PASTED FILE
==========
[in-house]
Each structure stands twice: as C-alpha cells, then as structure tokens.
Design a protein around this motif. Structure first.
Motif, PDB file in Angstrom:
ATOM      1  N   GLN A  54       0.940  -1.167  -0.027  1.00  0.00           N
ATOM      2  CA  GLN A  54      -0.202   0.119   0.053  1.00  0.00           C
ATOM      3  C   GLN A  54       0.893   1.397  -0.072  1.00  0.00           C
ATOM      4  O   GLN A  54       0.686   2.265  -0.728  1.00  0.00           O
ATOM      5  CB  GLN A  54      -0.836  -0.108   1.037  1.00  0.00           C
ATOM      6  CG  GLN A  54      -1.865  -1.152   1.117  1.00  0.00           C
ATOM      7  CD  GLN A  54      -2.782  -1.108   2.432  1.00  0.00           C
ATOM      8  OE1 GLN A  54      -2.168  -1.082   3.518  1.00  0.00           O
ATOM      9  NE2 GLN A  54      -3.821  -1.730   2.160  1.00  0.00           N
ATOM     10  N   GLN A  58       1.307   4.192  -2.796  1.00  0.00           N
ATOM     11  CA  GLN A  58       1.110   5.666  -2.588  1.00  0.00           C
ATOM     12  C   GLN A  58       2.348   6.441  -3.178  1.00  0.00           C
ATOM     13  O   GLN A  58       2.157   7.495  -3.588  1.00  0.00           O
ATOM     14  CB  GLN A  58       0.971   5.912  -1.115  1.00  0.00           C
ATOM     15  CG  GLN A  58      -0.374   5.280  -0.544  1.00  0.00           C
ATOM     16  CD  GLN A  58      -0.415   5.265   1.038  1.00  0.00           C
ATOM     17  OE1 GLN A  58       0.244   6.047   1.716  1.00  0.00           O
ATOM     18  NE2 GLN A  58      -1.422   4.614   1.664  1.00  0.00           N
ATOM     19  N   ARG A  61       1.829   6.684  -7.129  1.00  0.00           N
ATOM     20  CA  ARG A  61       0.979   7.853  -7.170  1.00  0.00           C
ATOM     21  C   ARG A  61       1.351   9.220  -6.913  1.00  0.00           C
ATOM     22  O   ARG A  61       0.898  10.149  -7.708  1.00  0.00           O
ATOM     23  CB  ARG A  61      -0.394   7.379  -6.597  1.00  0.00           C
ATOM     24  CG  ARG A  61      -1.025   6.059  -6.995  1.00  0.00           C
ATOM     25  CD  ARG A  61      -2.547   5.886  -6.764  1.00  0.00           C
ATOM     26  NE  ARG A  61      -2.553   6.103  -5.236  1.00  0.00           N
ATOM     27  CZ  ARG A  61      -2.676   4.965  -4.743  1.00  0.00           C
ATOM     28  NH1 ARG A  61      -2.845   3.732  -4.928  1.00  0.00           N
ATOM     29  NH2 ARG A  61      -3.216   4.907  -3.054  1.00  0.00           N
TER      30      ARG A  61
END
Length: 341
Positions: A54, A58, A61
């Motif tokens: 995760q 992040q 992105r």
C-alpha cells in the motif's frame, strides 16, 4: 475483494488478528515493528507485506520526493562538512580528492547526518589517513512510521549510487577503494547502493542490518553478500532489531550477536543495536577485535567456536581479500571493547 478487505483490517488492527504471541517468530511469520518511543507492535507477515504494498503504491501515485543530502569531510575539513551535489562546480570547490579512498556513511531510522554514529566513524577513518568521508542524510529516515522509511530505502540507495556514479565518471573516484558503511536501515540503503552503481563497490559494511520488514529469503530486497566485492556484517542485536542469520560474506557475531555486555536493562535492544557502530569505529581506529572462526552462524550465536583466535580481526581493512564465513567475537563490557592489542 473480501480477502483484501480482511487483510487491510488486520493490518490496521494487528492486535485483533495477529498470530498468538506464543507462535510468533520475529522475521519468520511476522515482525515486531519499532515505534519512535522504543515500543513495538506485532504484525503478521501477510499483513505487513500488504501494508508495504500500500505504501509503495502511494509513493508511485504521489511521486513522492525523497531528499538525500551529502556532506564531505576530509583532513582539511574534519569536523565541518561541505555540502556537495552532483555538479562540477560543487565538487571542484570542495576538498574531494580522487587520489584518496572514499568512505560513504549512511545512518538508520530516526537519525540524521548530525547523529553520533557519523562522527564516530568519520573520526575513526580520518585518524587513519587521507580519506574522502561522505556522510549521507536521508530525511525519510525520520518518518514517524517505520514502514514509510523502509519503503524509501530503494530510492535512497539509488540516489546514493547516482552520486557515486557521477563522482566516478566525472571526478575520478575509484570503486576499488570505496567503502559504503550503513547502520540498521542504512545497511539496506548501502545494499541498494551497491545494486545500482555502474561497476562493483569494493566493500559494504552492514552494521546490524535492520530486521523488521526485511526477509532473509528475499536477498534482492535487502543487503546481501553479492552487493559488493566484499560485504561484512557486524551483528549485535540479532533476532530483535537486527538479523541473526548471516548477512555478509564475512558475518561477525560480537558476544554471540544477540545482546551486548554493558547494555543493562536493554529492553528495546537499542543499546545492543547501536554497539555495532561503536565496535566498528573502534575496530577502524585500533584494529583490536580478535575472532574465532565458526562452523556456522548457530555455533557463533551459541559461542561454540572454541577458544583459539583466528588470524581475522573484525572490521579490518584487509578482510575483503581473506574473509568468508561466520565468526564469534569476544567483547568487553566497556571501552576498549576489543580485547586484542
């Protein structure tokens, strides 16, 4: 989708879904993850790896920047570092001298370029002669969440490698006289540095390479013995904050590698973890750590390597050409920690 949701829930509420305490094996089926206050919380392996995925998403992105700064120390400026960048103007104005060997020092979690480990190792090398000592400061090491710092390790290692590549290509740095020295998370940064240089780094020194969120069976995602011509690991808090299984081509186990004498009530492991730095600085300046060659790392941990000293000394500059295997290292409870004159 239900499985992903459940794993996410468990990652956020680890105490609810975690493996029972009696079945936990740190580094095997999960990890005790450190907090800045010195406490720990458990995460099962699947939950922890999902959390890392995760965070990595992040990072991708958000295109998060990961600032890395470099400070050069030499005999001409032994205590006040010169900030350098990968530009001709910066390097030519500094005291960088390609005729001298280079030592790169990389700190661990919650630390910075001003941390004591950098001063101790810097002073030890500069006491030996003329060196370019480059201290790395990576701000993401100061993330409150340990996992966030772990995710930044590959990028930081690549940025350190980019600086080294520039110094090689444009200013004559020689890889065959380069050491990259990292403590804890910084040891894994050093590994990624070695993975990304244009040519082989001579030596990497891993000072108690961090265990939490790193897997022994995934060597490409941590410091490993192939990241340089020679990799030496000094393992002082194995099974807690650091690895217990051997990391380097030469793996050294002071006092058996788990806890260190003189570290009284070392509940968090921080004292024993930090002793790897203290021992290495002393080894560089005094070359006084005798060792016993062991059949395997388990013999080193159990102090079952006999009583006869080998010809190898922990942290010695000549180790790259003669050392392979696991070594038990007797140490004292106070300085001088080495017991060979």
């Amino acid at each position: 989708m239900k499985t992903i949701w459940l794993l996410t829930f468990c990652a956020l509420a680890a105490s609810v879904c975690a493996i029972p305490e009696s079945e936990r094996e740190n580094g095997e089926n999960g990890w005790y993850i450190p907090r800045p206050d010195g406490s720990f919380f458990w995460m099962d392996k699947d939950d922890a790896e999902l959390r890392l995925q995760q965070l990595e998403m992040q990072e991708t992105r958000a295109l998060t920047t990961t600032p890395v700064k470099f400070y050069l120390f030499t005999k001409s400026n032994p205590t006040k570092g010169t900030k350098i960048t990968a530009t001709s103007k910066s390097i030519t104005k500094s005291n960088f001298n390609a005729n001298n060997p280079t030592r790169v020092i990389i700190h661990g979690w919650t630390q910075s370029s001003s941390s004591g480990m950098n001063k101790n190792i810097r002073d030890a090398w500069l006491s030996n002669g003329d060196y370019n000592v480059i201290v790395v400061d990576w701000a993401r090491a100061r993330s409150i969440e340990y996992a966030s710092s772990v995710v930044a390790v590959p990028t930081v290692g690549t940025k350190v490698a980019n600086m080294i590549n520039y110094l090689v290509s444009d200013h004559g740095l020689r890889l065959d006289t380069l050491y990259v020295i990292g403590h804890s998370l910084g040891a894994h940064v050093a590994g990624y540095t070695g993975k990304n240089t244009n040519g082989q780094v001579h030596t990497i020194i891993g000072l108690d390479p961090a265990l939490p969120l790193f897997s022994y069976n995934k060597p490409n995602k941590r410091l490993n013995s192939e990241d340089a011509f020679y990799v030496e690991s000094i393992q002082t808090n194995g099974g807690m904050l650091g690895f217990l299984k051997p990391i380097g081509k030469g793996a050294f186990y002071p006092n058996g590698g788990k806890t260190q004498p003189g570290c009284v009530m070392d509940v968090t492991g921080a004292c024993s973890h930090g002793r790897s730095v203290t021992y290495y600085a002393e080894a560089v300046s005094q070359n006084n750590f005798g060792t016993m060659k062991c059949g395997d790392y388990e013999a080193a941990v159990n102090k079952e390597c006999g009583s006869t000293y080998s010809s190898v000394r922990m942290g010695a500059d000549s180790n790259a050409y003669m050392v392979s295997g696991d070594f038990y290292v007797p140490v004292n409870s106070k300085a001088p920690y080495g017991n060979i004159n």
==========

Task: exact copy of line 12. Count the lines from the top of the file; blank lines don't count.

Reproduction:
ATOM      8  OE1 GLN A  54      -2.168  -1.082   3.518  1.00  0.00           O